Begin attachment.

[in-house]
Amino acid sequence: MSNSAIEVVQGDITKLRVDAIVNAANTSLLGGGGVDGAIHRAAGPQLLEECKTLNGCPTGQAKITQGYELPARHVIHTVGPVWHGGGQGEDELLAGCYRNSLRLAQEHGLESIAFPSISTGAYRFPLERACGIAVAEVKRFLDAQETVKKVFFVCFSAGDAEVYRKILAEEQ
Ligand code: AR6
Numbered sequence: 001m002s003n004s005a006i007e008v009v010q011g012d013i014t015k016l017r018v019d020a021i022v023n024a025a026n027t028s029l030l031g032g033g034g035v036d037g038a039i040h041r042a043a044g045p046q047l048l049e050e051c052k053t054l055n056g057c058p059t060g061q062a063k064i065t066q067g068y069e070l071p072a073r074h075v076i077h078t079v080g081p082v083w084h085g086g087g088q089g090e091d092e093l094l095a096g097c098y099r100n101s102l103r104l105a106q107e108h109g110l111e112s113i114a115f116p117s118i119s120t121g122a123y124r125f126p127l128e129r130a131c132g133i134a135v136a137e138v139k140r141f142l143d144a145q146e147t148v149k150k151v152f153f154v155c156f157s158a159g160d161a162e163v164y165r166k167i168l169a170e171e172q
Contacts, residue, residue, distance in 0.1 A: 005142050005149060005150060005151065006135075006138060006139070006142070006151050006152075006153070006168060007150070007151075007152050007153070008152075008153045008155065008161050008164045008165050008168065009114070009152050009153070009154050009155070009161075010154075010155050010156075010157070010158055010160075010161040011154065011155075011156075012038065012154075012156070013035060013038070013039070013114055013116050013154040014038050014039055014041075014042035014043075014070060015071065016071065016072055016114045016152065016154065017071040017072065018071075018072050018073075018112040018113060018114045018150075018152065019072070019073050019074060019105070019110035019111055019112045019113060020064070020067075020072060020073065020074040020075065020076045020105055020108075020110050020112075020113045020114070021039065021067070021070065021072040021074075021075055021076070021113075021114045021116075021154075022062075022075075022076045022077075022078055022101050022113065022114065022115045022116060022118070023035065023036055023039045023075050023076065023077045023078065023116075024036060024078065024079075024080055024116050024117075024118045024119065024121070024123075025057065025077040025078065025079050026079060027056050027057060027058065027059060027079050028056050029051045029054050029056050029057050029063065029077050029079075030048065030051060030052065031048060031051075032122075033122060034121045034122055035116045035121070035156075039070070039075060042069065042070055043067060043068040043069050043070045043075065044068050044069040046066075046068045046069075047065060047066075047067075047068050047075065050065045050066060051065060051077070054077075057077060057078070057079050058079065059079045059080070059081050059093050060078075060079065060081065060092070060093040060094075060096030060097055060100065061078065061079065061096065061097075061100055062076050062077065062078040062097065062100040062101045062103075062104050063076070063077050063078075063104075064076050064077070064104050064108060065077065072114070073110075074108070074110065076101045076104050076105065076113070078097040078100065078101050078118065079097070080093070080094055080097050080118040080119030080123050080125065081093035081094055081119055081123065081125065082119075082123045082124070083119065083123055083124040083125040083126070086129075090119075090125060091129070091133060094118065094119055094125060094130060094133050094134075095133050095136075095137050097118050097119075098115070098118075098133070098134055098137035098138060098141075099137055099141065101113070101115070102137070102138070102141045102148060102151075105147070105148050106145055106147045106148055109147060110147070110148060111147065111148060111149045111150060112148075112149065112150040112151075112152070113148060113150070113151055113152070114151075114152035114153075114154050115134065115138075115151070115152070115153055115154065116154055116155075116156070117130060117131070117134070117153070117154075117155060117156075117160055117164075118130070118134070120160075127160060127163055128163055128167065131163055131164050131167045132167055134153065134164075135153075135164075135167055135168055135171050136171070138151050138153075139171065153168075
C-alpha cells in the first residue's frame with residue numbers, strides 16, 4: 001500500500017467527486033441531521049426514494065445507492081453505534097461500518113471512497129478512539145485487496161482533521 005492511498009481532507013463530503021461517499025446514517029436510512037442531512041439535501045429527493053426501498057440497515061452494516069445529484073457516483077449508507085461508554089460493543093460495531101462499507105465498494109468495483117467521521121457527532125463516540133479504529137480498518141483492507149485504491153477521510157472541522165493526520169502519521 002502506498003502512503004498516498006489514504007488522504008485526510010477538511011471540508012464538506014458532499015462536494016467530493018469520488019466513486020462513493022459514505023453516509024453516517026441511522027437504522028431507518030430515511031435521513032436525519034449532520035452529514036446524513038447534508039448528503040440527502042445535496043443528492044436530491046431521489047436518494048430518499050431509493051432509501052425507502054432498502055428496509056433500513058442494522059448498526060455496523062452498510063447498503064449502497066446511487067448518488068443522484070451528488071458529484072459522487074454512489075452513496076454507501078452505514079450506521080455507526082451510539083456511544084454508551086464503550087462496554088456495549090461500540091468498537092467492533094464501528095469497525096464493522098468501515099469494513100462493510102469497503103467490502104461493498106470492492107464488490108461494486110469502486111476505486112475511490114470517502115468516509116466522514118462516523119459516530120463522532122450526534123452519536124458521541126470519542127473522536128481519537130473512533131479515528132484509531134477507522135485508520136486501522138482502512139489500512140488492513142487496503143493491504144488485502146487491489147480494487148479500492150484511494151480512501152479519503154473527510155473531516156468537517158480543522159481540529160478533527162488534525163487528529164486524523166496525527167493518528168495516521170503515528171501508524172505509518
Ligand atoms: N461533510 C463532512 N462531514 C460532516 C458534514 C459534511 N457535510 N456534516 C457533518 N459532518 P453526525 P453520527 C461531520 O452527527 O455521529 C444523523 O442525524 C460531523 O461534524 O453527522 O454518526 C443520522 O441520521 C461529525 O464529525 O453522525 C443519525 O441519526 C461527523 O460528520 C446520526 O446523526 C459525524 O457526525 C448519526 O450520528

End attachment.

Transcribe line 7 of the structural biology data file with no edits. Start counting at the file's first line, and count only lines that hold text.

Ligand atoms: N461533510 C463532512 N462531514 C460532516 C458534514 C459534511 N457535510 N456534516 C457533518 N459532518 P453526525 P453520527 C461531520 O452527527 O455521529 C444523523 O442525524 C460531523 O461534524 O453527522 O454518526 C443520522 O441520521 C461529525 O464529525 O453522525 C443519525 O441519526 C461527523 O460528520 C446520526 O446523526 C459525524 O457526525 C448519526 O450520528